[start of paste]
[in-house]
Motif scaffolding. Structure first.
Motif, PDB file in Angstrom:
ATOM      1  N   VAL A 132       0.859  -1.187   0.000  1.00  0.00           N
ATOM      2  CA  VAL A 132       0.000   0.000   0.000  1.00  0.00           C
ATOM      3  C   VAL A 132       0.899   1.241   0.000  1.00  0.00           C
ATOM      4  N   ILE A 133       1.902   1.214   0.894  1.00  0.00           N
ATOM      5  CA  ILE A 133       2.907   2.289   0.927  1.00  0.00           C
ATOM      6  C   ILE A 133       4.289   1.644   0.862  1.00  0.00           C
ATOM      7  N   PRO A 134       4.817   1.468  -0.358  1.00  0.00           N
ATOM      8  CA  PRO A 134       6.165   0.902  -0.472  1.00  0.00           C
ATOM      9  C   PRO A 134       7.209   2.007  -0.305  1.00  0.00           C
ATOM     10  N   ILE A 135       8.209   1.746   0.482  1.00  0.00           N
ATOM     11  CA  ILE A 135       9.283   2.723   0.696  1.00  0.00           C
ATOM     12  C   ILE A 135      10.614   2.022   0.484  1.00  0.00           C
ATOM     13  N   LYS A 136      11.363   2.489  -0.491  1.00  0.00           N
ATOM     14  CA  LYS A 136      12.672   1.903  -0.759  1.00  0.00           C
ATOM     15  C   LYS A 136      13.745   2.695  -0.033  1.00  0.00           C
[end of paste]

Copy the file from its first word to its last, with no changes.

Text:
[in-house]
Motif scaffolding. Structure first.
Motif, PDB file in Angstrom:
ATOM      1  N   VAL A 132       0.859  -1.187   0.000  1.00  0.00           N
ATOM      2  CA  VAL A 132       0.000   0.000   0.000  1.00  0.00           C
ATOM      3  C   VAL A 132       0.899   1.241   0.000  1.00  0.00           C
ATOM      4  N   ILE A 133       1.902   1.214   0.894  1.00  0.00           N
ATOM      5  CA  ILE A 133       2.907   2.289   0.927  1.00  0.00           C
ATOM      6  C   ILE A 133       4.289   1.644   0.862  1.00  0.00           C
ATOM      7  N   PRO A 134       4.817   1.468  -0.358  1.00  0.00           N
ATOM      8  CA  PRO A 134       6.165   0.902  -0.472  1.00  0.00           C
ATOM      9  C   PRO A 134       7.209   2.007  -0.305  1.00  0.00           C
ATOM     10  N   ILE A 135       8.209   1.746   0.482  1.00  0.00           N
ATOM     11  CA  ILE A 135       9.283   2.723   0.696  1.00  0.00           C
ATOM     12  C   ILE A 135      10.614   2.022   0.484  1.00  0.00           C
ATOM     13  N   LYS A 136      11.363   2.489  -0.491  1.00  0.00           N
ATOM     14  CA  LYS A 136      12.672   1.903  -0.759  1.00  0.00           C
ATOM     15  C   LYS A 136      13.745   2.695  -0.033  1.00  0.00           C